Understanding heat, air, and moisture control

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Many designers and specifiers understand controlling air, vapor, and thermal transfer helps mitigate moisture problems within the building envelope. Moisture accumulation is a performance adversary that can lead to structural deterioration, finish damage, organic growth, and reduced building longevity.

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A faster, simpler way to a Level 5 finish

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Drywall is often misperceived as a building material that does not demand the skillful manipulation of a traditional construction material. However, anyone who has worked with drywall knows the product is not so cooperative.

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Layering security controls for healthcare projects

Looking down a hospital hall way lights

It is not difficult to imagine the need for security in healthcare environments. Where are the eyes and ears ensuring the safety of a newborn transported from labor and delivery? Can family members visiting a sick relative be confident their valuables are safe at bedside if they leave to grab a snack? What security precautions are taken when a rear exterior door to the hospital is propped open so staff can take a break?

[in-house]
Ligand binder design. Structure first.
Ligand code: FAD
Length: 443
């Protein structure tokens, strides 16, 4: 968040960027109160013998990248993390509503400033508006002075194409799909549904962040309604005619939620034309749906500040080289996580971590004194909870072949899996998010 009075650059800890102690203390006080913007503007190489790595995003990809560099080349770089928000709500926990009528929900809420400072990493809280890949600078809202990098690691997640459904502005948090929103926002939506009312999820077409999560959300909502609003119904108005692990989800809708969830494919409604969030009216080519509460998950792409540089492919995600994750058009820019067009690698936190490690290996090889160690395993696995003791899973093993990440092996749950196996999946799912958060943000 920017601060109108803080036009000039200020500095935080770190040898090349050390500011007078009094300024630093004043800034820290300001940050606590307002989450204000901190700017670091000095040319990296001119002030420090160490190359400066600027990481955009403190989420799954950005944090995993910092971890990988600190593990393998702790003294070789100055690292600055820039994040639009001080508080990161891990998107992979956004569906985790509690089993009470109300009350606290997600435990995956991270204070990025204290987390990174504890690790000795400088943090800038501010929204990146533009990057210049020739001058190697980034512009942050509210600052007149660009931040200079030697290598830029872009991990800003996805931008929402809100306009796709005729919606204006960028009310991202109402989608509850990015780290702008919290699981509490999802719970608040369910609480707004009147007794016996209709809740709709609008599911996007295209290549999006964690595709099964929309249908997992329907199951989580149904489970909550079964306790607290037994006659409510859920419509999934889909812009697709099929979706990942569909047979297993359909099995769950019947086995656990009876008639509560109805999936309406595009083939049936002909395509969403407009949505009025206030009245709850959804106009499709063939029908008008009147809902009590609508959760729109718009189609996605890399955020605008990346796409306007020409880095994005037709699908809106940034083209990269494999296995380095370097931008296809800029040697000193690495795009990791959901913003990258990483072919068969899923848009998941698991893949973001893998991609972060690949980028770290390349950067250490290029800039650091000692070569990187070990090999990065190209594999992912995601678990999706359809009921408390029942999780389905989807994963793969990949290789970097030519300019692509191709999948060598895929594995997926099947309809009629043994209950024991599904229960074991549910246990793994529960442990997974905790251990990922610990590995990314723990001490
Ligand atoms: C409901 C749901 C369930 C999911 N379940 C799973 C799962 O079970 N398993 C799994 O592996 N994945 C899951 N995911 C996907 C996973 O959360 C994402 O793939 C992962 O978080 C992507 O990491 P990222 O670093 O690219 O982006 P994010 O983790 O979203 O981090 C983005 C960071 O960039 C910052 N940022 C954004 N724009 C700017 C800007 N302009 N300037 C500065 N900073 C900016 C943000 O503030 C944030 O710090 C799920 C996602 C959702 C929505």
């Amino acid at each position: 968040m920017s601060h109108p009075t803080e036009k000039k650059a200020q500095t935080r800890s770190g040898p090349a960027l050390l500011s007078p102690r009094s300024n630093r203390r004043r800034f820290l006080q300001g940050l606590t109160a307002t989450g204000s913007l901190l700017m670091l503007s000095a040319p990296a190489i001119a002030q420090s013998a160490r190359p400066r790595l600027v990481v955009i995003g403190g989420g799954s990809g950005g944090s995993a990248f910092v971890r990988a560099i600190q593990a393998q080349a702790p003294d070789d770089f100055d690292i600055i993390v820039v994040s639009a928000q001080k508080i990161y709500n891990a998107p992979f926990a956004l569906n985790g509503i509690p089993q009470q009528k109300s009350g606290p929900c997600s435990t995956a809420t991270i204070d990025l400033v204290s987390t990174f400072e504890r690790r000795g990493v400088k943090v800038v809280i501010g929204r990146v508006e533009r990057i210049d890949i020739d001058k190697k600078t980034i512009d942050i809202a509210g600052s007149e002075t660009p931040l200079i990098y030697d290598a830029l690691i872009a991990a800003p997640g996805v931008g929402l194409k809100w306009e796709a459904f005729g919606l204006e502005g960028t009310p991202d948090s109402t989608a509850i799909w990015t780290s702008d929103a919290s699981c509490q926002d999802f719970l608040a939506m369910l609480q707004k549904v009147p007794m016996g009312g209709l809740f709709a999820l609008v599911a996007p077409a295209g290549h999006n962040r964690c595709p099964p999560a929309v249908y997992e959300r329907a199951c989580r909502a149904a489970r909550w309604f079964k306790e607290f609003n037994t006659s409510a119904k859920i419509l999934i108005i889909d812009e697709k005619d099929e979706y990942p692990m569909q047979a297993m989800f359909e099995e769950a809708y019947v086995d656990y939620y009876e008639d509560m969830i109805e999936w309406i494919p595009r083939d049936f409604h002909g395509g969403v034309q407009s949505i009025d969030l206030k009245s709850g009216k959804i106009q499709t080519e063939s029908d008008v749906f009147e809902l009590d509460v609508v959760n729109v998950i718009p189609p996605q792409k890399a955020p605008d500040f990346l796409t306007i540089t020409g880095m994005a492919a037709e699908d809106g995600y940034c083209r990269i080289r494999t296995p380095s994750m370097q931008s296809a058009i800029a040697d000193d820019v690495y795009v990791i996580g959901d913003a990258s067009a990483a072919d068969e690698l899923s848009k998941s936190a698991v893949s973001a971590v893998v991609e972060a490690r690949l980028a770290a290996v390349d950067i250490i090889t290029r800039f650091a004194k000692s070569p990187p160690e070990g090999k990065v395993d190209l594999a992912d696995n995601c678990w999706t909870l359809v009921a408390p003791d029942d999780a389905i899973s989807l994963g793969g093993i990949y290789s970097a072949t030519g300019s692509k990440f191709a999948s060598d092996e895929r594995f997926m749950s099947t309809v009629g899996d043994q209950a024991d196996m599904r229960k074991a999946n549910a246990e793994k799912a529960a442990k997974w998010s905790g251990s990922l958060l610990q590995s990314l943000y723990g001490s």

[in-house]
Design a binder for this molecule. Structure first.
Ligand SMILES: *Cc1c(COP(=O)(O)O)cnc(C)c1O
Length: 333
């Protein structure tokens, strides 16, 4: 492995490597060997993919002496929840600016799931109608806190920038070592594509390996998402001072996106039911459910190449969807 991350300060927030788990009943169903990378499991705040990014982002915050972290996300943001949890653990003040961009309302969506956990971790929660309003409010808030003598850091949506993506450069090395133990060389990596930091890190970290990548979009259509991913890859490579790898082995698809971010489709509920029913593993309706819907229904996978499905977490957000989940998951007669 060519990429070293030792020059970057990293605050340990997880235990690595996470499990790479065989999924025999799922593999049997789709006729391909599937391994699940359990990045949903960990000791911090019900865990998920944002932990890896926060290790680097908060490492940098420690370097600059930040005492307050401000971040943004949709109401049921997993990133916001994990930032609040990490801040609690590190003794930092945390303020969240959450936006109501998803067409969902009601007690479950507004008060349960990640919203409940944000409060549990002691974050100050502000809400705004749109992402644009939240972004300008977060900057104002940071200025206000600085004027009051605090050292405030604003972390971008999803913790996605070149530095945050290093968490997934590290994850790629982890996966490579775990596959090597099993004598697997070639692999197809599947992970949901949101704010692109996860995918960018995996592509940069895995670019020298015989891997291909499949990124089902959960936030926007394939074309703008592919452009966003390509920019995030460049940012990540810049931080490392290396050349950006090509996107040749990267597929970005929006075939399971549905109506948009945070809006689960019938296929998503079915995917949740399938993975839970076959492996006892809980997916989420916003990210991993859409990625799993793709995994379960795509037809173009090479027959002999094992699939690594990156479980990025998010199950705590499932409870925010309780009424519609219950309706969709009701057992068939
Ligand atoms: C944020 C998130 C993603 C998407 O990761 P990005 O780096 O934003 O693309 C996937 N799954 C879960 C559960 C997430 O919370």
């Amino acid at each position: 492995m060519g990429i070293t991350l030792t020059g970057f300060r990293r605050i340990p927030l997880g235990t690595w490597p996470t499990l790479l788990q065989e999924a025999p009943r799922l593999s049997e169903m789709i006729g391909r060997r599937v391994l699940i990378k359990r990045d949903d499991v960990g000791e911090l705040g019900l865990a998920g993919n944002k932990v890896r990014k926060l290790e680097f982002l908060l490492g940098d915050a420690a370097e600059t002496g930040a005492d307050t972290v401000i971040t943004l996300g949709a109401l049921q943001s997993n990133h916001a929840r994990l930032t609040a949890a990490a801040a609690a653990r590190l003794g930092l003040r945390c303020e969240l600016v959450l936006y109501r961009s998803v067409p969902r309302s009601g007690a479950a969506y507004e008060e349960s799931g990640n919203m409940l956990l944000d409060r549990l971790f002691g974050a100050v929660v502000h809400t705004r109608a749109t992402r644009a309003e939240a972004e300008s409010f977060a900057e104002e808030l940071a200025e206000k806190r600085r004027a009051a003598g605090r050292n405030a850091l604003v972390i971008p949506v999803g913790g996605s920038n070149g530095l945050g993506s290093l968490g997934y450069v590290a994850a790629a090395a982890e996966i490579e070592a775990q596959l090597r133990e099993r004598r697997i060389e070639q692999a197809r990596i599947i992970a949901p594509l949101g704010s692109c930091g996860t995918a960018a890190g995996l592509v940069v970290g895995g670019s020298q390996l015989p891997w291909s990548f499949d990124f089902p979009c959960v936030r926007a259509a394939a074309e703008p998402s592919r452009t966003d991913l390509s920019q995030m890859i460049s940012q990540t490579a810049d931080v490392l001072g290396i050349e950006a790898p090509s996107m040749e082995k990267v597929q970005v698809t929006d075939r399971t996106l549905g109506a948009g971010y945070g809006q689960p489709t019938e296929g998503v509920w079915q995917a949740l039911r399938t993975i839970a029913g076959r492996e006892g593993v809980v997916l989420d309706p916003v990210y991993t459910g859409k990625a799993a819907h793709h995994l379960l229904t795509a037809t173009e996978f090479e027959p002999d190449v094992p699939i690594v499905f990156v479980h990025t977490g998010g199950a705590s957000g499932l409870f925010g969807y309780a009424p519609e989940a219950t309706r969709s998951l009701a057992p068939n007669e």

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Aesthetics versus function: Resolving issues with exposed drip-edge flashing on masonry walls

Photos © Robert Benson Photography

Designers are creating new and exciting contemporary masonry designs that demand clean, smooth wall plane elevations. One challenge that can interfere with unobstructed aesthetics is the visual effects of masonry drip-edge flashing. This potential obstacle has also carried through to traditional masonry design. Designers and specifiers can find it difficult to balance design and functional water management requirements.

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Integrated wall retrofits: Solutions for existing masonry construction for commercial buildings

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Sixty percent of U.S. commercial buildings were constructed before 1980. Retrofitting them for energy efficiency is essential to achieve the Department of Energy (DOE) Building Technologies Office’s (BTO) goal of halving building energy use by 2030. Most existing buildings have masonry construction with uninsulated wall assemblies, which offer good potential for wall improvement strategies.

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